The 53rd BFI London Film Festival came to a resounding rock ‘n’ roll close last night with the world premiere of Nowhere Boy, artist-turned-director Sam Taylor-Wood’s impressive biopic about John Lennon’s teenage years.
I thought Taylor-Wood looked every inch the star in a glittering gold dress slashed to the thigh as she introduced the film on stage at the Odeon Leicester Square. Speaking of the film’s origins, she fought back tears at the mention of her mentor, the late Anthony Minghella, the man who had encouraged her to move into directing. But if this is all beginning to make her sound like a lightweight (or an Oscar winner), then there’s clearly a core of steely determination beneath the dress and the tears, as she revealed when she described her resolve to land the gig of directing Control author Matt Greenhalgh’s script about Lennon.
“When I read the script I became an Exocet missile,” she admitted, and you could easily imagine that the film’s producers, Robert Bernstein, Kevin Loader and Douglas Rae, had no option but to surrender.
They joined Taylor-Wood on stage, as did what seemed to be the entire cast, including the actors playing the members of the strange Oedipal triangle at the film’s heart – Aaron Johnson (who plays Lennon), Anne-Marie Duff (who plays his mother, Julia) and Kristin Scott Thomas (Lennon’s Aunt Mimi).
An inspired choice for the closing night gala, Nowhere Boy topped off a great year for the festival – audience numbers hit an all-time high (over 124,00; almost 10,000 up on last year), and filmmakers and actors from all around the globe (some 553 of them) turned out in force too.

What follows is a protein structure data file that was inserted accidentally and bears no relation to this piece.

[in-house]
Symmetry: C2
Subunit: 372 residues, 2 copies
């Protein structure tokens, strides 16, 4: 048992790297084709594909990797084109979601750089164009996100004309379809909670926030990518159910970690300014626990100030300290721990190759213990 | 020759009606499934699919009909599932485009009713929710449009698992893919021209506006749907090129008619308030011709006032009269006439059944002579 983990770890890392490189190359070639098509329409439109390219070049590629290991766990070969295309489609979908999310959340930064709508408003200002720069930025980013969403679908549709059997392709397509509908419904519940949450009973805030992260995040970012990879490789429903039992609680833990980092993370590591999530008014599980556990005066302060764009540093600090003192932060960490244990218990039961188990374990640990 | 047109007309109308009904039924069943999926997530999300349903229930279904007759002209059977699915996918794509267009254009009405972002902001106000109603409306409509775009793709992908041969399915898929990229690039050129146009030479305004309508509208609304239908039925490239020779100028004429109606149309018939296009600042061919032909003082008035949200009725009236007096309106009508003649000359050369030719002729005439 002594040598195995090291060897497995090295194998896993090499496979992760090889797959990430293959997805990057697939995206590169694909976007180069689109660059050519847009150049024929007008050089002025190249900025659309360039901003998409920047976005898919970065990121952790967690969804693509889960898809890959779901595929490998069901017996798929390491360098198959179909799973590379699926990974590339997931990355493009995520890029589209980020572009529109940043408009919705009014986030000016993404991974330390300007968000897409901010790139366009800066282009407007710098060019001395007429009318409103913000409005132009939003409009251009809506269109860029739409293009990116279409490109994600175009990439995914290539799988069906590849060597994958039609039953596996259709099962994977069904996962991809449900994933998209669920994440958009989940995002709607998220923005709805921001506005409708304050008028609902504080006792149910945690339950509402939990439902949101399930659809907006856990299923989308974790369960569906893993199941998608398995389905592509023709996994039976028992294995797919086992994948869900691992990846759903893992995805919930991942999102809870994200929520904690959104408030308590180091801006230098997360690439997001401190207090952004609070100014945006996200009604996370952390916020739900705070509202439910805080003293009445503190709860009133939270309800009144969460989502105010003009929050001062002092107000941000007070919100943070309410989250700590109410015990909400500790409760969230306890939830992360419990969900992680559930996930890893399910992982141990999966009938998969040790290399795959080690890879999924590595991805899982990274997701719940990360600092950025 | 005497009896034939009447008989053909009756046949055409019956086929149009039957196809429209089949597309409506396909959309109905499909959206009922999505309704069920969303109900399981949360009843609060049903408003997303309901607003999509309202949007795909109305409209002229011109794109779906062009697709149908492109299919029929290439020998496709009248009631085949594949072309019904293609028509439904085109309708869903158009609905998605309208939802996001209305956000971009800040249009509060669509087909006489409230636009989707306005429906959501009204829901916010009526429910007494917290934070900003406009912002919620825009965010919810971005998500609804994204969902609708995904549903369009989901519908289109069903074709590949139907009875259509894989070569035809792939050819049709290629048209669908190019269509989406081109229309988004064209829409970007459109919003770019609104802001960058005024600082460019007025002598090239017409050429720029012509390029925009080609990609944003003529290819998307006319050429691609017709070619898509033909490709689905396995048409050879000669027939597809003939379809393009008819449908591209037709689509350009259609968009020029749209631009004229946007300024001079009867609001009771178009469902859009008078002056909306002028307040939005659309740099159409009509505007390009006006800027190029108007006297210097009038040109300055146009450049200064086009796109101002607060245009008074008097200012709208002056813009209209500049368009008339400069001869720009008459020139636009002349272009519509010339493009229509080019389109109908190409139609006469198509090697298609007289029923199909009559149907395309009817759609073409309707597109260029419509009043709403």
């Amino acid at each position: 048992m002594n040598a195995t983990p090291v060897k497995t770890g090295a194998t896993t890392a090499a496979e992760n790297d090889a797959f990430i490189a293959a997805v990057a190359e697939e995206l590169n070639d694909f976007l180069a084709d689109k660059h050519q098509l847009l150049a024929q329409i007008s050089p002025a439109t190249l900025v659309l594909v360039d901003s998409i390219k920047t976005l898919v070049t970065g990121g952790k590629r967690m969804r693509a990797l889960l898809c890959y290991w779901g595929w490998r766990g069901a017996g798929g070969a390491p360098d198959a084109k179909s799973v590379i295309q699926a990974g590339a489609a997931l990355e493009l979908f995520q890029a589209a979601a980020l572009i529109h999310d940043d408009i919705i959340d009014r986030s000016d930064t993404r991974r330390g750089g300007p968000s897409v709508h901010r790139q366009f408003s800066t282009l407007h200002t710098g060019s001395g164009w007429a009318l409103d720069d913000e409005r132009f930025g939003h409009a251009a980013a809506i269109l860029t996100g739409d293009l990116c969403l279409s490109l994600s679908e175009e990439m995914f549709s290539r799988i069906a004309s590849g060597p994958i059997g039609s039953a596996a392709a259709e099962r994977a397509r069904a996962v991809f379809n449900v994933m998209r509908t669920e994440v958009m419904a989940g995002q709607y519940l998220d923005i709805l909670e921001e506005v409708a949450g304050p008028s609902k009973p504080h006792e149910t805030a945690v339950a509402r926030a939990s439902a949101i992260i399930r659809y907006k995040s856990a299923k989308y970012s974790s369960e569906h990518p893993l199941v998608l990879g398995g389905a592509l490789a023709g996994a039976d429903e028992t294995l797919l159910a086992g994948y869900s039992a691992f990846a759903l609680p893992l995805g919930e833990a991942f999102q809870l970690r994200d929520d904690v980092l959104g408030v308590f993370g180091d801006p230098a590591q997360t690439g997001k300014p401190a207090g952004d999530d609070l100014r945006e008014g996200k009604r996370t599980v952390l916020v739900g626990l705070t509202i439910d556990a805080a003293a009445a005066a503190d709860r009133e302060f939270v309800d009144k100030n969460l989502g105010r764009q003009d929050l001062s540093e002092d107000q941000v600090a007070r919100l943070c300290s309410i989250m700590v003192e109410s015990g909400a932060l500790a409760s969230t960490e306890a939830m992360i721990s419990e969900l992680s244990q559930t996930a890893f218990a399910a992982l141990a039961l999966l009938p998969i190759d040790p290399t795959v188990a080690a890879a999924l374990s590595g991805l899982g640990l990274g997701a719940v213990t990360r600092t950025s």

It remains to be seen what sort of impact the festival’s new Star of London awards will register in the movie world at large, but the festival’s first ever Best Film gong went to a thoroughly deserving winner – French director Jacques Audiard’s brilliant prison drama A Prophet.
A Prophet was one of my own personal highlights of the festival fortnight. Looking back over some of the other ones made me realise just what a good year this has been for European cinema, with Austrian director Michael Haneke’s chilling period drama The White Ribbon, Italian Marco Bellocchio’s Vincere (the long-suppressed story of Mussolini’s relationship with his first wife) and Basque drama Ander proving particularly strong. Roll on next year.